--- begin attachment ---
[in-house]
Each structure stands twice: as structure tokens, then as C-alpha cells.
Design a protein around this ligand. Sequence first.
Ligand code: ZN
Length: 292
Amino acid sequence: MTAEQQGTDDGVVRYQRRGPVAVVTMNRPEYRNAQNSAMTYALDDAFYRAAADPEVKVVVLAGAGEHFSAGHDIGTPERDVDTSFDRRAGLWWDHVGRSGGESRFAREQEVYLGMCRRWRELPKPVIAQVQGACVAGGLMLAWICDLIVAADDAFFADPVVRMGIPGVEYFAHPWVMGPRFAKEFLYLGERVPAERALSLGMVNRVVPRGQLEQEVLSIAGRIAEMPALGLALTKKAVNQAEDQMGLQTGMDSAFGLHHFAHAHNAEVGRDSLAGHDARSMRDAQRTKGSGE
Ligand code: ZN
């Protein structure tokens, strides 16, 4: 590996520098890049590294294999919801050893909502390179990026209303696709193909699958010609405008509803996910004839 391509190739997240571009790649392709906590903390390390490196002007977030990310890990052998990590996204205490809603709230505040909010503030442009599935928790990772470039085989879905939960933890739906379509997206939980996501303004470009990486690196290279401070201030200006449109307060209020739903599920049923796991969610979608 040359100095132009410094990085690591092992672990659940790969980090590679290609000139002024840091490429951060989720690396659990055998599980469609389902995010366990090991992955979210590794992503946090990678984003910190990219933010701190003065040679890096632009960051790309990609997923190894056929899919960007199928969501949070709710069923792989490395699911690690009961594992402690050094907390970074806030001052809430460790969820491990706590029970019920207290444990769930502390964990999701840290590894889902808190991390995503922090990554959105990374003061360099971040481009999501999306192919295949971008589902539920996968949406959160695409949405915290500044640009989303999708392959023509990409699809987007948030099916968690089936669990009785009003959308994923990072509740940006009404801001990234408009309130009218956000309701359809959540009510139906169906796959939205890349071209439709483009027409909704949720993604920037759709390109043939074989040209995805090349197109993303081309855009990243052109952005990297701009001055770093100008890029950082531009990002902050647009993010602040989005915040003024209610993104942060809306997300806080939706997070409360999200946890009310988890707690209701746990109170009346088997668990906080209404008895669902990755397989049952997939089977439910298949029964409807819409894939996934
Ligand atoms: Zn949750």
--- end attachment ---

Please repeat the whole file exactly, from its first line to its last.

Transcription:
[in-house]
Each structure stands twice: as structure tokens, then as C-alpha cells.
Design a protein around this ligand. Sequence first.
Ligand code: ZN
Length: 292
Amino acid sequence: MTAEQQGTDDGVVRYQRRGPVAVVTMNRPEYRNAQNSAMTYALDDAFYRAAADPEVKVVVLAGAGEHFSAGHDIGTPERDVDTSFDRRAGLWWDHVGRSGGESRFAREQEVYLGMCRRWRELPKPVIAQVQGACVAGGLMLAWICDLIVAADDAFFADPVVRMGIPGVEYFAHPWVMGPRFAKEFLYLGERVPAERALSLGMVNRVVPRGQLEQEVLSIAGRIAEMPALGLALTKKAVNQAEDQMGLQTGMDSAFGLHHFAHAHNAEVGRDSLAGHDARSMRDAQRTKGSGE
Ligand code: ZN
């Protein structure tokens, strides 16, 4: 590996520098890049590294294999919801050893909502390179990026209303696709193909699958010609405008509803996910004839 391509190739997240571009790649392709906590903390390390490196002007977030990310890990052998990590996204205490809603709230505040909010503030442009599935928790990772470039085989879905939960933890739906379509997206939980996501303004470009990486690196290279401070201030200006449109307060209020739903599920049923796991969610979608 040359100095132009410094990085690591092992672990659940790969980090590679290609000139002024840091490429951060989720690396659990055998599980469609389902995010366990090991992955979210590794992503946090990678984003910190990219933010701190003065040679890096632009960051790309990609997923190894056929899919960007199928969501949070709710069923792989490395699911690690009961594992402690050094907390970074806030001052809430460790969820491990706590029970019920207290444990769930502390964990999701840290590894889902808190991390995503922090990554959105990374003061360099971040481009999501999306192919295949971008589902539920996968949406959160695409949405915290500044640009989303999708392959023509990409699809987007948030099916968690089936669990009785009003959308994923990072509740940006009404801001990234408009309130009218956000309701359809959540009510139906169906796959939205890349071209439709483009027409909704949720993604920037759709390109043939074989040209995805090349197109993303081309855009990243052109952005990297701009001055770093100008890029950082531009990002902050647009993010602040989005915040003024209610993104942060809306997300806080939706997070409360999200946890009310988890707690209701746990109170009346088997668990906080209404008895669902990755397989049952997939089977439910298949029964409807819409894939996934
Ligand atoms: Zn949750």